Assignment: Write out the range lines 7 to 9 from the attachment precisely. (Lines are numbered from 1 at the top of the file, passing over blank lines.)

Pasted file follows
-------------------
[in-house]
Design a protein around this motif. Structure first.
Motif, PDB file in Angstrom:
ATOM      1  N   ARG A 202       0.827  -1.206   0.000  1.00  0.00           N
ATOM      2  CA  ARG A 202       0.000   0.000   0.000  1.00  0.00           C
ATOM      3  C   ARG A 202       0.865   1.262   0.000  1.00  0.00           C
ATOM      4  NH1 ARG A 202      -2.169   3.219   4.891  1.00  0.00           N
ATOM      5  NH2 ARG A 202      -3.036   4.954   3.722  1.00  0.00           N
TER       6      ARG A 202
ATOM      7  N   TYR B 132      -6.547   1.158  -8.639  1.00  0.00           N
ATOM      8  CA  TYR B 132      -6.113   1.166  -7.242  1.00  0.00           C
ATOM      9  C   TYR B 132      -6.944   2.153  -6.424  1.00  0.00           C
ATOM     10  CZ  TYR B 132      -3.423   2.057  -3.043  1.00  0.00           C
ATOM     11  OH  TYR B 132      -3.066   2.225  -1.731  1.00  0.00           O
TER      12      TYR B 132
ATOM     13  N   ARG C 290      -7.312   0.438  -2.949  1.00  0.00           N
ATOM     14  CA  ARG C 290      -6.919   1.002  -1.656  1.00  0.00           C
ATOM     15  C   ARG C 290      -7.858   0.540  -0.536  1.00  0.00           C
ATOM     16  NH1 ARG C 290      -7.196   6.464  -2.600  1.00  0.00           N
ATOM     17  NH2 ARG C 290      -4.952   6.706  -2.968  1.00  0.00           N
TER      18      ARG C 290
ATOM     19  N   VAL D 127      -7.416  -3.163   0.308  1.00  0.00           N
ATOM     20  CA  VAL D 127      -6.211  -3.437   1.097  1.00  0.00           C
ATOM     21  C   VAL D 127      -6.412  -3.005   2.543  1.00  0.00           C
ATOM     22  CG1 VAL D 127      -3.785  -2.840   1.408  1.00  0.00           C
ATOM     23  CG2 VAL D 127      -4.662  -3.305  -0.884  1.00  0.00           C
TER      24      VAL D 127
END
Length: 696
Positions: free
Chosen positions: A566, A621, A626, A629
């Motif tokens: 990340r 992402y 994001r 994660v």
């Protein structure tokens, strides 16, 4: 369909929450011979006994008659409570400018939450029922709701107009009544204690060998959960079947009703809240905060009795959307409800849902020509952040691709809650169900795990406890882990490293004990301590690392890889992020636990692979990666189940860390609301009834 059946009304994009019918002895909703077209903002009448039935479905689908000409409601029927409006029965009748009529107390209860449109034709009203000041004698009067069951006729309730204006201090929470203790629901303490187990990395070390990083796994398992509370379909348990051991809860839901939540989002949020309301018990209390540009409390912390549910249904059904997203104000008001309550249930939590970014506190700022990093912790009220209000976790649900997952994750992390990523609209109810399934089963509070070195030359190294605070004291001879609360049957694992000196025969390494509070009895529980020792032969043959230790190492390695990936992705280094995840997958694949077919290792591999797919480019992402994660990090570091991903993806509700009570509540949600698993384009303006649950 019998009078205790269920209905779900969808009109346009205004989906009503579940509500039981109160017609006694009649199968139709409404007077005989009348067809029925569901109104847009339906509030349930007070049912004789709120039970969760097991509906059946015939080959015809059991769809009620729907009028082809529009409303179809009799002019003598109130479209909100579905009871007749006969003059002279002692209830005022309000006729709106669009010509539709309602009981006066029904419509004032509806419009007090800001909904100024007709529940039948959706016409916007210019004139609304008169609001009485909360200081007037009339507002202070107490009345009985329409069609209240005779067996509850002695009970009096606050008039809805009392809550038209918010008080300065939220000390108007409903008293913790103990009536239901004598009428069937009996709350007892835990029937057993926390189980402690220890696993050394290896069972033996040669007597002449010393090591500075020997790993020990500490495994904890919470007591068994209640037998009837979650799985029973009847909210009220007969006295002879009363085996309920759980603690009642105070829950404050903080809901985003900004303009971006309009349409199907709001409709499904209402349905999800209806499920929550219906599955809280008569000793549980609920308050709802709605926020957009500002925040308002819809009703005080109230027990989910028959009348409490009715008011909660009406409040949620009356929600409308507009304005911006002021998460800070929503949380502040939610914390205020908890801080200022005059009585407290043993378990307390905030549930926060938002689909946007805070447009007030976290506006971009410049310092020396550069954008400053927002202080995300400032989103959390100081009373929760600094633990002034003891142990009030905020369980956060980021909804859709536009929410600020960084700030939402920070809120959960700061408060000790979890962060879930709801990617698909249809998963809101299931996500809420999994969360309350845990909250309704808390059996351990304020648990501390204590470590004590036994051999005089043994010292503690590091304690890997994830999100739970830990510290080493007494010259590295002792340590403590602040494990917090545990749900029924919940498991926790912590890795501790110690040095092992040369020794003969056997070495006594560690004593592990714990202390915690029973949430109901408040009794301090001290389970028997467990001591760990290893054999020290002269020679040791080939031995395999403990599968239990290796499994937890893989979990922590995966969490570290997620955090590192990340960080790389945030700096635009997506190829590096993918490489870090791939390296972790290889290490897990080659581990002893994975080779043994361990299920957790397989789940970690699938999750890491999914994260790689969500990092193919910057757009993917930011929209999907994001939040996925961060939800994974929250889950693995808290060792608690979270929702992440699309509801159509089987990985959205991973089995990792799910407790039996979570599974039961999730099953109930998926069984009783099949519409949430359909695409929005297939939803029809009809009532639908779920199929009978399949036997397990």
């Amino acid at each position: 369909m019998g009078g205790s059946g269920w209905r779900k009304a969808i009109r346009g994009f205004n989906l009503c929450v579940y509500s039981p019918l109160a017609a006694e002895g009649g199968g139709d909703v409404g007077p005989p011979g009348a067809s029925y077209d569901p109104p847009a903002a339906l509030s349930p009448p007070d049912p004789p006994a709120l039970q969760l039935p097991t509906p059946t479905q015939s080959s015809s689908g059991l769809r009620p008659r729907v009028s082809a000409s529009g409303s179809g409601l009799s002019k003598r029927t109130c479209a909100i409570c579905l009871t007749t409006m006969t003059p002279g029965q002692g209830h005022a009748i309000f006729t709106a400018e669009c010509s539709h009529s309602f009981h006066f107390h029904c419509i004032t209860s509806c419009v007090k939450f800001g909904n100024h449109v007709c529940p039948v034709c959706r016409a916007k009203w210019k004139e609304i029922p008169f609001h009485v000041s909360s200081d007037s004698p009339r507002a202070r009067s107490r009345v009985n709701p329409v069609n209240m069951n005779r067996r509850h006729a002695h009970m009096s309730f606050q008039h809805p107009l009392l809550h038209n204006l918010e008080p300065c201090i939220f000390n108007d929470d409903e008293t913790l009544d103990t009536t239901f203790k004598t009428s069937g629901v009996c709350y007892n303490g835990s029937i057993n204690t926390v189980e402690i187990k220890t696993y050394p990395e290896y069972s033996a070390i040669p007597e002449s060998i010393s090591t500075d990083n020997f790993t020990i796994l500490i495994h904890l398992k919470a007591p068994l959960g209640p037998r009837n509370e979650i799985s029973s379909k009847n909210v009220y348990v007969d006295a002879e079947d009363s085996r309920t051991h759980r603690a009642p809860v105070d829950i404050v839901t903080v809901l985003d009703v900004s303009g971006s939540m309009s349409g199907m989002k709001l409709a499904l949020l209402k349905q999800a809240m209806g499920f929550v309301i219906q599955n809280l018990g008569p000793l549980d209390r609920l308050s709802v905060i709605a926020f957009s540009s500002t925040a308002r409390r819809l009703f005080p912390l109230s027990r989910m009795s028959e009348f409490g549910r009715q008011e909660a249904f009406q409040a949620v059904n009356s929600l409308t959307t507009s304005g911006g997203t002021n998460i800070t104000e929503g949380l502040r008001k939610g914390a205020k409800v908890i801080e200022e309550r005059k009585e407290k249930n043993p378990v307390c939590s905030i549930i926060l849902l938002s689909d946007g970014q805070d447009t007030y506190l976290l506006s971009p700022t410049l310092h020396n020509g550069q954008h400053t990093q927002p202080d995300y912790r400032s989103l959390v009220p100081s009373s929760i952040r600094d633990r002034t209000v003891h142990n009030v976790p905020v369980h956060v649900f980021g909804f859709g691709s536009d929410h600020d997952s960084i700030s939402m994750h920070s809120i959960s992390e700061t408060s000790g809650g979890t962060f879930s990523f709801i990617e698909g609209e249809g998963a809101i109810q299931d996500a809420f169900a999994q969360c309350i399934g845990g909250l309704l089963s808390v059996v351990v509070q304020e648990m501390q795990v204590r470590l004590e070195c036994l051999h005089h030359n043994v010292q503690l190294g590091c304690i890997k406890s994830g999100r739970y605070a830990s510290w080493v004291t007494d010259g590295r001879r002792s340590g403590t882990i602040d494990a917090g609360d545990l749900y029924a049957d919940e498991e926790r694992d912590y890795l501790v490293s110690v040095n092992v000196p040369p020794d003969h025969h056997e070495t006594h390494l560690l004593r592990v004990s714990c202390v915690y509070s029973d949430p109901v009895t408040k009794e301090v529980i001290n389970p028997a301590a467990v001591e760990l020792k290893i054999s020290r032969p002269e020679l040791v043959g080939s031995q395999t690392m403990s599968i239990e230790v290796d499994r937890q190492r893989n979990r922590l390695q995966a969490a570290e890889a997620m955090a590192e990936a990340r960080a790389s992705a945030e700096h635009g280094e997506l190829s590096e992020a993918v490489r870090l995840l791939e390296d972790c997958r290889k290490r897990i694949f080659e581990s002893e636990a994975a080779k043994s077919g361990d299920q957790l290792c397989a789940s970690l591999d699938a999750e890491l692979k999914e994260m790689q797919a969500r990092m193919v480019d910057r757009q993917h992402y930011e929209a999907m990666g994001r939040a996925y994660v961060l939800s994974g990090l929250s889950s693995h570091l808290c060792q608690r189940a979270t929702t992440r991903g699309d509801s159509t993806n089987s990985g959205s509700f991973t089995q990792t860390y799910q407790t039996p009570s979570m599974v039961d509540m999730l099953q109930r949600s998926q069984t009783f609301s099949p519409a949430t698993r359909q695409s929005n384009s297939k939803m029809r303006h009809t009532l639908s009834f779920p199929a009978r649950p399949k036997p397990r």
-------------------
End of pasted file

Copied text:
ATOM      4  NH1 ARG A 202      -2.169   3.219   4.891  1.00  0.00           N
ATOM      5  NH2 ARG A 202      -3.036   4.954   3.722  1.00  0.00           N
TER       6      ARG A 202